Guernsey's Chief Minister has revealed he was once the victim of sexual assault, as he delivered an impassioned plea to "help break the social taboo" around speaking about the trauma of sexual violence.
Deputy Gavin St Pier was the figurehead behind a successful amendment to Guernsey's Sexual Offences legislation meaning that, in the future, the burden of proof will be on people accused of sexual assault to show that the complainant provided consent, if the complainant had consumed alcohol or another substance that made them incapable of providing informed consent.
It was approved as part of the modernisation of Guernsey's Sexual Offences Legislation, which the States resolved to reform back in 2011 and which it has taken various Home departments nine years to draw up.
During the debate on his amendment, Deputy St Pier referred to several stories of people he knew who had suffered in silence after being sexually assaulted.
Pictured: Guernsey's Courts will now be able to sentence specifically for sexual crimes including grooming, possession of paedophilic materials and upskirting following the reform of the Sexual Offences Legislation.
After his amendment was approved, Deputy St Pier revealed to his fellow Guernsey States Members that one of those accounts was in fact his own.
"My experience was not my main motivation for the amendment and does not provide my passion for this topic, that comes from another story that is not mine to tell," he said.
"And I didn't want to play an emotional card in an attempt to win the amendment. It was a few minutes over 30 years ago. It has not defined me. I was not damaged physically but certainly, for a while, I was psychologically traumatised. I cried. I was disgusted. I felt ashamed. I felt embarrassed. I felt humiliated. I felt responsible and guilty and I took the hand of that trusty non-consensual co-conspiritor, silence, and said nothing."
"I have lived with the reasons people don't speak up, I understand how a few minutes lived can turn into hundreds of hours of reflection. I told no one, literally no one, for 33 years. The average period of silence for men, by the way, is 26 years. I have spoken to no one about this outside my immediate family until this debate. I wasn't as I saw it a stereotypical victim. I didn't turn to drugs or alcohol. I arrogantly thought I was stronger than that. In fact I am the norm. I did what thousands do, I boxed it off in my mind and moved on, and I have not spoken out today because I am seeking your sympathy. Believe me, please, I really do mean it when I say I do not need it. And neither am I speaking out in some narcissistic search for accolades for how brave or courageous I am for doing so."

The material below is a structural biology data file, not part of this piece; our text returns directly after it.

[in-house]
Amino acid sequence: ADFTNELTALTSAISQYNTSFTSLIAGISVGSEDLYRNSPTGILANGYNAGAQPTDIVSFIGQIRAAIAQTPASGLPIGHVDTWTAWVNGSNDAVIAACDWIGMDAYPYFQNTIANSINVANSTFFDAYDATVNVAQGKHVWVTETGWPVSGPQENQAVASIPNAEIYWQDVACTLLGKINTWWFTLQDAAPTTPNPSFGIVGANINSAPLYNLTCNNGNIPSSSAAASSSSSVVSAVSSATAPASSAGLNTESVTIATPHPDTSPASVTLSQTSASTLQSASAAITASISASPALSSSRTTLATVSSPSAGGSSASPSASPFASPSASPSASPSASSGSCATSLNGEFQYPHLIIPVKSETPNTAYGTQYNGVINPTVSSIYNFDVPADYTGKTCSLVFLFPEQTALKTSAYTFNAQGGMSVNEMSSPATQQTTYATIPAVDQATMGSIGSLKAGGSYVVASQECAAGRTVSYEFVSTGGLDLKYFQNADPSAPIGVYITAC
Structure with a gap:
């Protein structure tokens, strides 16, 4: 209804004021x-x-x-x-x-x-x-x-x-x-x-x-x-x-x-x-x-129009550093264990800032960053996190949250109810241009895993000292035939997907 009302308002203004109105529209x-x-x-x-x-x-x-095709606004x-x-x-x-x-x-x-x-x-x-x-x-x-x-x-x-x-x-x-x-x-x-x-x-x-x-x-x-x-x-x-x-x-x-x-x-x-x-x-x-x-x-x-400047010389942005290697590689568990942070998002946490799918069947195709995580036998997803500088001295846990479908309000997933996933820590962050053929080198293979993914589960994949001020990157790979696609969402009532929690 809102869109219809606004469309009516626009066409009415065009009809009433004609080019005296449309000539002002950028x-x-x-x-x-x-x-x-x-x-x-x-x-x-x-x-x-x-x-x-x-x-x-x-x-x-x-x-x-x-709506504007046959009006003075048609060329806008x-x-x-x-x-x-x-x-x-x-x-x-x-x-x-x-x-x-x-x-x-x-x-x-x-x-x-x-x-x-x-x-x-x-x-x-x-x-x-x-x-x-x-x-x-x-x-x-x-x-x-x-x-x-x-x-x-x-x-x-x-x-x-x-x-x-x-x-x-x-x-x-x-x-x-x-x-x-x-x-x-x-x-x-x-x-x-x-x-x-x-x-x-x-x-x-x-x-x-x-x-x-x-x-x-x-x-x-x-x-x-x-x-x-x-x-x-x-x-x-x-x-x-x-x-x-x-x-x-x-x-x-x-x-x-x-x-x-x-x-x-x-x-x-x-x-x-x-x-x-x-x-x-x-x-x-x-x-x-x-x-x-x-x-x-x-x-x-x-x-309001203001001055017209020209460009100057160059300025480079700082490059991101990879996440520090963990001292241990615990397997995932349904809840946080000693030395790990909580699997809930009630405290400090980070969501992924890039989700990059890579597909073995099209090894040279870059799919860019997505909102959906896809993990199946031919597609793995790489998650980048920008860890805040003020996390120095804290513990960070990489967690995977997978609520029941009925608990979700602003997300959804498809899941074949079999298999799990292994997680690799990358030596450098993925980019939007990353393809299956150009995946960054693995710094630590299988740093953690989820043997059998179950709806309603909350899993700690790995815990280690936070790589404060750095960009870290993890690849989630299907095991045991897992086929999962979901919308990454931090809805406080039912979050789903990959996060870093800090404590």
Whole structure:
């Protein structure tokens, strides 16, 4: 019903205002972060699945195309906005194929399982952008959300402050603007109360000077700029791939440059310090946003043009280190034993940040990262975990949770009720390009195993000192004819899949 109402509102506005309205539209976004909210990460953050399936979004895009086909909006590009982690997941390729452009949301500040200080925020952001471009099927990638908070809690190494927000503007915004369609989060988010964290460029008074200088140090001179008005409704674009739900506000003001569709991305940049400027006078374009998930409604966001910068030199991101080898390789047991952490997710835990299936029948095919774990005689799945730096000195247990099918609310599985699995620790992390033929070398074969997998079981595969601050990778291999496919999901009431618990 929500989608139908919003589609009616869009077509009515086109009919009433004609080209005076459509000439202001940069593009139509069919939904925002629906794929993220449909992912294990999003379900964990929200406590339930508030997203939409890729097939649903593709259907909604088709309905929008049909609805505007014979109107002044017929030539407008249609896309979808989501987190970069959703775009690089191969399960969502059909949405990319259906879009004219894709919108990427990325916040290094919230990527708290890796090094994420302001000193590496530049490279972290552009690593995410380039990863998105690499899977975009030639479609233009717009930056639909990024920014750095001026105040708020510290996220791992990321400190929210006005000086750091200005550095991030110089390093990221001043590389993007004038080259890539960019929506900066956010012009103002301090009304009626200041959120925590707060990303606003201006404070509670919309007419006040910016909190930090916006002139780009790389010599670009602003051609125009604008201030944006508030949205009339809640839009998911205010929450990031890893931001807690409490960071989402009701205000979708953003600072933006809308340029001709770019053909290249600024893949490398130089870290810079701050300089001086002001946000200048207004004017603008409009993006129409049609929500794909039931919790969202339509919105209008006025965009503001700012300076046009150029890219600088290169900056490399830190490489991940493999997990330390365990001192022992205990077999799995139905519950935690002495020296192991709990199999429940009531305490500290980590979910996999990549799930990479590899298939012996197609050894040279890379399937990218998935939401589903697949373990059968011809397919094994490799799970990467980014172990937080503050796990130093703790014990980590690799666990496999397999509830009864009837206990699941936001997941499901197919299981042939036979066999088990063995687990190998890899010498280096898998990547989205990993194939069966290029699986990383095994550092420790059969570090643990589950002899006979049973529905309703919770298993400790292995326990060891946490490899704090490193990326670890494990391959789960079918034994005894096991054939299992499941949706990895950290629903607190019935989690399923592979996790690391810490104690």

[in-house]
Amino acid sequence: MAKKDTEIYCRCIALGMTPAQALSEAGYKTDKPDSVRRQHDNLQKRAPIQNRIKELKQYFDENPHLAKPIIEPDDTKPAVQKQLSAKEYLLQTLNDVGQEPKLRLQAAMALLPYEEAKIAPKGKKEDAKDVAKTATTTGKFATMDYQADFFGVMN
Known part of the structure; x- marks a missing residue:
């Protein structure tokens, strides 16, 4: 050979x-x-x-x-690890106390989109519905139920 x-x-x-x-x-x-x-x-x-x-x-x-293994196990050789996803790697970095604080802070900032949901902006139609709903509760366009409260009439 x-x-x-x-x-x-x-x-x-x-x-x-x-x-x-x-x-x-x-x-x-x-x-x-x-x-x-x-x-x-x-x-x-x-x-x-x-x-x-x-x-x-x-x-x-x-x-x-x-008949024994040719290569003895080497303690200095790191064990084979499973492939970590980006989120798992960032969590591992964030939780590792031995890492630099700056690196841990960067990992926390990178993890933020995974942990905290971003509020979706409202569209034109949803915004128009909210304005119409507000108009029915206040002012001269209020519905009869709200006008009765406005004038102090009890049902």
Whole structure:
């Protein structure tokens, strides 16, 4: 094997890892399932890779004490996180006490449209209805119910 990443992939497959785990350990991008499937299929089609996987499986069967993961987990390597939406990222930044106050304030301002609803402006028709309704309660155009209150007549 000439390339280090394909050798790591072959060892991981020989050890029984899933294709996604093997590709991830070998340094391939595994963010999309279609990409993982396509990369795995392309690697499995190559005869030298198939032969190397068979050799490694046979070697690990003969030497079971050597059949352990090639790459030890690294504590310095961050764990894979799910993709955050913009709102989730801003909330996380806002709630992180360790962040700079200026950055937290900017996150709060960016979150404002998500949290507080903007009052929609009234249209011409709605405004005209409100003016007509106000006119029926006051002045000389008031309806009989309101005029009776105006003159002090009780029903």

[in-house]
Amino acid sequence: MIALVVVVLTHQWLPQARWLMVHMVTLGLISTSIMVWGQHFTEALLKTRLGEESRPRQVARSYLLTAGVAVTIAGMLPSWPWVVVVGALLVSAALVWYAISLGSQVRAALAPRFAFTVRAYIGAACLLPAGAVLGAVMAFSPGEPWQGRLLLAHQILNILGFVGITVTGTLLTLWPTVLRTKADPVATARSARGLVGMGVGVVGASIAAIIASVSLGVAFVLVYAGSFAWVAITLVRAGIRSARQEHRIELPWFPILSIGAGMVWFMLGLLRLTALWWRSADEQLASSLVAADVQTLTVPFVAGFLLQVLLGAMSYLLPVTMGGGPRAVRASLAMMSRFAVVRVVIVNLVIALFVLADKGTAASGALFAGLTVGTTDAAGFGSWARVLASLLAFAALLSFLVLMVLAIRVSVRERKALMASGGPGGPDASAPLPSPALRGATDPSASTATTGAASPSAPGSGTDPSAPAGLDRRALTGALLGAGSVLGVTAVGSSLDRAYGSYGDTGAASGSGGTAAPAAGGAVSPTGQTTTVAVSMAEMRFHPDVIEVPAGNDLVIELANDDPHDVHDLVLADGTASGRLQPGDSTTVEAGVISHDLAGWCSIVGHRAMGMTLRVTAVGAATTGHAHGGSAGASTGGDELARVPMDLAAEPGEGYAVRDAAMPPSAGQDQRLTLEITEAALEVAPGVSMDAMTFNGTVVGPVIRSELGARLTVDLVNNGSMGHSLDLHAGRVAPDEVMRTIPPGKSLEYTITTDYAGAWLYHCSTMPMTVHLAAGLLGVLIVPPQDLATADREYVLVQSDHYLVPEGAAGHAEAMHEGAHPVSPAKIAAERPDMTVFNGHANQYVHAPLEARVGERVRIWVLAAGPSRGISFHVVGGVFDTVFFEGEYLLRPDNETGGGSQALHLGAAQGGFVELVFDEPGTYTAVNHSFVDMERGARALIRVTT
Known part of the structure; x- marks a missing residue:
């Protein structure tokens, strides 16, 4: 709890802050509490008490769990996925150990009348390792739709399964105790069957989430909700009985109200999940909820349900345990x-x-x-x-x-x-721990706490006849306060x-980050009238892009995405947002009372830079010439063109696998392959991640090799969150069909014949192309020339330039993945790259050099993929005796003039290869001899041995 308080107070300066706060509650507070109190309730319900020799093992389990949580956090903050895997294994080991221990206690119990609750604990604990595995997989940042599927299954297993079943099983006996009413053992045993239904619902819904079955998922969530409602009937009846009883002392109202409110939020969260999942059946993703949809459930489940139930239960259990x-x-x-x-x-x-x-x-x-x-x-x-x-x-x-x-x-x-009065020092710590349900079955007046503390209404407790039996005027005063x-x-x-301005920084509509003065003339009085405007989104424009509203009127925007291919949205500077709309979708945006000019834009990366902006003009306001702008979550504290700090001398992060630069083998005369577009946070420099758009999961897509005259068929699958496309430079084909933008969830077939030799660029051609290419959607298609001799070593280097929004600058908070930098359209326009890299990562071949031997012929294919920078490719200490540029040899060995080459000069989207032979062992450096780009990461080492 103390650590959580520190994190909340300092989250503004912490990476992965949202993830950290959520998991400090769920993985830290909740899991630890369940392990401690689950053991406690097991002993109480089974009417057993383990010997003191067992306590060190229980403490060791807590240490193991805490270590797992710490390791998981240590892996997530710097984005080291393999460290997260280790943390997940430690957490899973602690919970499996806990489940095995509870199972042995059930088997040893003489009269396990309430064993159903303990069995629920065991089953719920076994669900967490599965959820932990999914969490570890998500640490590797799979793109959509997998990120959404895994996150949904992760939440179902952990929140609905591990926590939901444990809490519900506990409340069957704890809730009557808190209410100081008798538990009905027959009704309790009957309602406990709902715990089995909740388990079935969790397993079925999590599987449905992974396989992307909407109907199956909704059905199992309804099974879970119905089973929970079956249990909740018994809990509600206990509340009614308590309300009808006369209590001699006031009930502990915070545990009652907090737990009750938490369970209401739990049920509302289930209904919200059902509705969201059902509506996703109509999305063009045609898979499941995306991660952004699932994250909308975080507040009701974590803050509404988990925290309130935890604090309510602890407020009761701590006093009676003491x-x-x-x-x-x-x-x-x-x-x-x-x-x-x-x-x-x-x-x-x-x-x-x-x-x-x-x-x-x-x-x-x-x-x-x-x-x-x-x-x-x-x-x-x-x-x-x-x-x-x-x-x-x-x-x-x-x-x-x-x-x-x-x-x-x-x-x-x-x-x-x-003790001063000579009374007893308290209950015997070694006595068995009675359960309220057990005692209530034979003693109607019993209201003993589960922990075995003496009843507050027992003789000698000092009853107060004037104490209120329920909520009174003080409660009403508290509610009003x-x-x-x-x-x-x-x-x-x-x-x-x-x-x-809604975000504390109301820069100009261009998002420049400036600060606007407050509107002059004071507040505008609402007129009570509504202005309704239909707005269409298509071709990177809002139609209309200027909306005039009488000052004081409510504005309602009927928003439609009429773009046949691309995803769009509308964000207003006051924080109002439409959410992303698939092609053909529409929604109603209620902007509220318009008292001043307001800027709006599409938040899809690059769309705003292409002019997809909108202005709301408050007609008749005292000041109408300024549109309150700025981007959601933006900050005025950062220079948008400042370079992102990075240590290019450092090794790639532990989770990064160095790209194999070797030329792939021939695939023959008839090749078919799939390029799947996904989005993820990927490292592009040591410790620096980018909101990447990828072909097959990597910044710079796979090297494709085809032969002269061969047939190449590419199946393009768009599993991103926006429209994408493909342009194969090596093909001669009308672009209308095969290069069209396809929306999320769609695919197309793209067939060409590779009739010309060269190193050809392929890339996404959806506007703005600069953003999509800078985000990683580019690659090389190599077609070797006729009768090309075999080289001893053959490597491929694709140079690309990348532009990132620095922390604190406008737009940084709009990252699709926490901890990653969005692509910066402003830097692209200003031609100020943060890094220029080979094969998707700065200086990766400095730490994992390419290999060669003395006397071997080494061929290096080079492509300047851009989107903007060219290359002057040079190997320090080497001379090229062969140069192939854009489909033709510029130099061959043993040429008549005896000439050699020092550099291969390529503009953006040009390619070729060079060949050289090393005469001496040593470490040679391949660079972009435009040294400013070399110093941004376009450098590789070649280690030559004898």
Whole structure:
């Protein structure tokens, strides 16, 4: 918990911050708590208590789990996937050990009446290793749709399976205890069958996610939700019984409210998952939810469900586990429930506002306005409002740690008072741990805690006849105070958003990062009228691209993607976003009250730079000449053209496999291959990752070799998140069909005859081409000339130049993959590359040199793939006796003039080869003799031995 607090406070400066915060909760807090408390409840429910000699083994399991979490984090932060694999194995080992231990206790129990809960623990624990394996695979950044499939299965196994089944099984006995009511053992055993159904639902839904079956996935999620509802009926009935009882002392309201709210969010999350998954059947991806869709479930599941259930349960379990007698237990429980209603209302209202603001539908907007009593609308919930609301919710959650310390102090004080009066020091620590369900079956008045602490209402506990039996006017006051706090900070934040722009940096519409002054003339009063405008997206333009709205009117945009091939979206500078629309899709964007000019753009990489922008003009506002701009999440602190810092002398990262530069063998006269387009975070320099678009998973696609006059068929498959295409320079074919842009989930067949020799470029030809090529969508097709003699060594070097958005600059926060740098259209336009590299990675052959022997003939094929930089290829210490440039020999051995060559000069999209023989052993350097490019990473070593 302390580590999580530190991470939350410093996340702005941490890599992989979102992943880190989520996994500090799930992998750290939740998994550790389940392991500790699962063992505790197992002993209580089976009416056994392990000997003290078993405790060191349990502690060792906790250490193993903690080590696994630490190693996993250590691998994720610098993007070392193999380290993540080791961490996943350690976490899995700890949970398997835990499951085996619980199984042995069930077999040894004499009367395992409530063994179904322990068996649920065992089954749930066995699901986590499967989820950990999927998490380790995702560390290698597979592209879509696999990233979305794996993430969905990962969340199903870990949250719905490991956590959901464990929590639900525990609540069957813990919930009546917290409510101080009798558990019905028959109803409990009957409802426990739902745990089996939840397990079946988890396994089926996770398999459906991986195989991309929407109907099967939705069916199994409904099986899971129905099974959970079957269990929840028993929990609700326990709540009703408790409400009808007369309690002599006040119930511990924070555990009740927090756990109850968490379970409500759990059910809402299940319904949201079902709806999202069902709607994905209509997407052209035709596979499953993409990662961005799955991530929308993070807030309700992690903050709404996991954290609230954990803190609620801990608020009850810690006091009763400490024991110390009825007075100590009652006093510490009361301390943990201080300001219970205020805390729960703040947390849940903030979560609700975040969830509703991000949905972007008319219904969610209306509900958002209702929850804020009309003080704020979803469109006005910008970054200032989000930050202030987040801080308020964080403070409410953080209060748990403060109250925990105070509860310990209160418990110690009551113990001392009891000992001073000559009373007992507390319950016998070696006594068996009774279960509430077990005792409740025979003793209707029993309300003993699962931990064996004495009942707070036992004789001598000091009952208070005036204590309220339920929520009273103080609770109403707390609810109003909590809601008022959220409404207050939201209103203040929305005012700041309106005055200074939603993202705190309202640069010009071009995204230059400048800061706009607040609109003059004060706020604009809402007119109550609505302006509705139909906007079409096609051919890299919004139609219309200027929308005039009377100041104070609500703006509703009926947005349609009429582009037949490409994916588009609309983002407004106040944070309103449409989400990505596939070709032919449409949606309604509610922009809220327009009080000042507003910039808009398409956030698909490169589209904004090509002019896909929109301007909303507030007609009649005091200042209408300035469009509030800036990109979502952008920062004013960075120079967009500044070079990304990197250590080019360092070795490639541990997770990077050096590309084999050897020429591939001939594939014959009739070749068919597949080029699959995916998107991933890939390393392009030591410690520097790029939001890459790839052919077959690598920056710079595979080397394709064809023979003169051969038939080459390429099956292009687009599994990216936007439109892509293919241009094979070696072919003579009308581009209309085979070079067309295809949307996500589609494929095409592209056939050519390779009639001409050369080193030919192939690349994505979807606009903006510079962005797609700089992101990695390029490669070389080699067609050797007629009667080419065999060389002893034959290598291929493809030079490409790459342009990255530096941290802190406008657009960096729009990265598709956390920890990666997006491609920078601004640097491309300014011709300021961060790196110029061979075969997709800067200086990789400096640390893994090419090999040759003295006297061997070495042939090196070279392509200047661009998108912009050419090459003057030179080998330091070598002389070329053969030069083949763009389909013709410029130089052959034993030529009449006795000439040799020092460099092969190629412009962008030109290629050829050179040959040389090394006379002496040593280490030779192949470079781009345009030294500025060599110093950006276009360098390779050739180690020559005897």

SEXUAL OFFENCES LEGISLATION response to debate on amendment before vote https://t.co/IpPO0XB5IV— Gavin St Pier #GuernseyTogether #ReviveAndThrive (@gavinstpier) June 17, 2020
Pictured: Deputy St Pier's speech on consent, pornography and education.
He continued: "In all honesty, there is absolutely nothing I would have rather have done than stayed silent throughout this debate. But this is very firmly a head over heart matter. When people ask me as the former Bishop of Dover Trevor Wilmott once did why is it that I went into politics, I normally say something like "Because I am arrogant or stupid enough to believe that I can make a difference and improve people's lives" and I am arrogant or stupid enough to believe that this is one of those days.
"So yes, I am shamelessly using my experience and my office as a deputy and the platform of my role and this assembly to raise the profile of this issue. I am hoping that sharing my experience will help break the social taboo and make discussion of these issues more open and acceptable."
Deputy St Pier said he does not know what his political future holds, but that he intends to "champion improving the environment" for the victims of sexual violence.
Pictured: Deputy Lindsay de Sausmarez seconded Deputy St Pier's amendment.
"For starters, we really do need a justice policy that provides for a sexual assault referral centre. We need an Independent Sexual Violence Advisor and we need a rape crisis line. Sexual violence is a major, hidden and under-reported and un-tackled social problem in the heart of our community. We can and should ignore it no longer. We need systemic change to support victims, but most of all we need cultural change.
"If my speaking out empowers or encourages or enables merely one person to tell somebody they know what happened to them, it would have been worth my own personal discomfort. Or if merely one person feels able to report to Law Enforcement what happened to them, however historic, it would have been worth it. Or if merely one person feels just marginally better today than yesterday knowing that they really are not alone and that there are many others out there who have been through what they have been through, then it will have been worth it. Or if merely one person is comforted by the knowledge that their community and their government really does recognise this as a problem that will now be taken seriously, then it will have been worth it."
A full story on the consent amendment can be read HERE.
Pictured top: Deputy Gavin St Pier.
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